From the Pastor's Desk
Ashes and Repentance”
"Therefore I despise myself and repent in dust and ashes." Job 42:6
It is hard to believe that Lent and Easter are right around the corner! It seems like we just put the Christmas decorations away and now we turn our focus from the celebration of the birth of Jesus to the remembrance of His death and the celebration of His resurrection. The preparation for the two holidays is significantly different.
Advent, the preparation weeks prior to Christmas, is a time when we re-read the prophecies of the coming Messiah found in the Old Testament. There is a hope in those prophecies that the Messiah will finally come and free those who have been waiting and longing for His arrival. The birth of Jesus fulfills that longing and waiting for those who recognize Him as that promised Messiah.
Lent, on the other hand, is a time in which we are called to examine ourselves in preparation for the remembrance of the death and resurrection of that same Messiah. Jesus made the ultimate sacrifice on the cross for all who believe, He took our sins to the cross with Him, and through His resurrection we have the ability to be raised with Him to eternity. Though nothing in our own lives qualifies us for heaven, Lent provides a time of self-examination and contemplation. The self-examination is a time to be honest about our lives, recognizing the sins in our lives with the hope that this recognition will lead to repentance. The contemplation centers around the amazing grace and mercy we have received in spite of our sinful nature.
Lent begins with Ash Wednesday. This year, that day is March 1st and we will be having a special worship service on that evening at 6:00pm with the imposition of ashes. But why would Lent begin this way and why the ashes, you might ask. From the Old Testament on, ashes were often used as a sign of despair or repentance. During some of the darkest moments in Jewish Old Testament history, key figures, or entire populations, would cover themselves in dust and ashes to symbolically show their fear and despair. Likewise, as Job did in the referenced scripture verse above, people also covered themselves with dust and ash to symbolically demonstrate their deep repentance when they were honest enough to recognize their own sins.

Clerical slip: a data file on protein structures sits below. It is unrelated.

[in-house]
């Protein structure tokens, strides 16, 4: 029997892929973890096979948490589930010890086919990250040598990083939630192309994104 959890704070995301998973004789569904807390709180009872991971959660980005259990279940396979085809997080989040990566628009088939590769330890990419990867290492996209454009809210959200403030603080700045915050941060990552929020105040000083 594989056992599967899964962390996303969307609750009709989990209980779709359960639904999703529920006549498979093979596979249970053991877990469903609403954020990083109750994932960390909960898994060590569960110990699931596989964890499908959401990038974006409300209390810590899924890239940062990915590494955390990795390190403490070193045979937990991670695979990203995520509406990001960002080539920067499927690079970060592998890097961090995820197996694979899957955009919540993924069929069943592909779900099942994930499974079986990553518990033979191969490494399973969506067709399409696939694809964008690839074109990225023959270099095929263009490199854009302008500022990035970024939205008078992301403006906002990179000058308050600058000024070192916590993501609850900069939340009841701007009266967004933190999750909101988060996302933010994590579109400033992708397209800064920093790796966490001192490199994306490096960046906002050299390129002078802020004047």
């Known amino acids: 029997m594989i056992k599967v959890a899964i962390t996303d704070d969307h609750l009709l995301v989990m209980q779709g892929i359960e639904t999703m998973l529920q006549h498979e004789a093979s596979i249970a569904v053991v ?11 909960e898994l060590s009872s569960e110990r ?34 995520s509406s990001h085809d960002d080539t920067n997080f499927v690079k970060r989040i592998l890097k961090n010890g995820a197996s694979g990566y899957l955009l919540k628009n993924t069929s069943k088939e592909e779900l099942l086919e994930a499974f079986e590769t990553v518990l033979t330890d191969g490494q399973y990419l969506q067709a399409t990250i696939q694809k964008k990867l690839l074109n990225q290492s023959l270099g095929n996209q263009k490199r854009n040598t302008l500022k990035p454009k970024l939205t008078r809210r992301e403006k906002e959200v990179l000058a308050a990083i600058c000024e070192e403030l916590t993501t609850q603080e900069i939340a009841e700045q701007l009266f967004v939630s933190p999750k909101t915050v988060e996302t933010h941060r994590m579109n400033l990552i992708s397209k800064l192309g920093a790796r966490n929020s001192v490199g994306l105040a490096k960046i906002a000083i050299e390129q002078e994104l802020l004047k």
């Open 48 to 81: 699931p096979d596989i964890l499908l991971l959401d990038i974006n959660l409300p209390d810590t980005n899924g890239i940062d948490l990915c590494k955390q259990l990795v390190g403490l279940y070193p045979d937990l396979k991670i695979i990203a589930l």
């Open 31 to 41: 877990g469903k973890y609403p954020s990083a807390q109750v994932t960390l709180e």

Therefore, because the season of Lent is supposed to be a time of self-reflection, fasting and repentance, it is appropriate that Lent would begin symbolically with ashes. During the Ash Wednesday service, a time of reflection, special scripture passages and music, confession and pardon are experienced by the participants. The service only begins the season of Lent. For the next forty days (not counting Sundays which are “mini” Easters), believers are reminded of their sinful nature and the fact that none of us are worthy of such wonderful grace and mercies bestowed upon us by God through the death and resurrection of Jesus Christ. That solemn time of reflection and emphasis on the crucifixion of Jesus makes the celebration of Easter all the more wonderful.
Typically, a rather small number of people participate in the Ash Wednesday service. Some may see it as too “Catholic” but Protestant churches have held Ash Wednesday services for centuries. Other people may have different reasons for not participating. However, if anyone chooses to not participate because they are under the delusion that somehow repentance is not required of them, they are sadly mistaken. ALL have sinned and fall short of the glory of God. This year, let us all take time to reflect upon our lives and be honest about our sins and shortcomings. Let us decide to enter the season of Lent truly sorry and repentant for how we fail the Lord continually as we try to serve Him and live lives that reflect our love for Him. Let the ashes truly be a symbol of our desire to turn from our sinful ways toward new lives in Christ.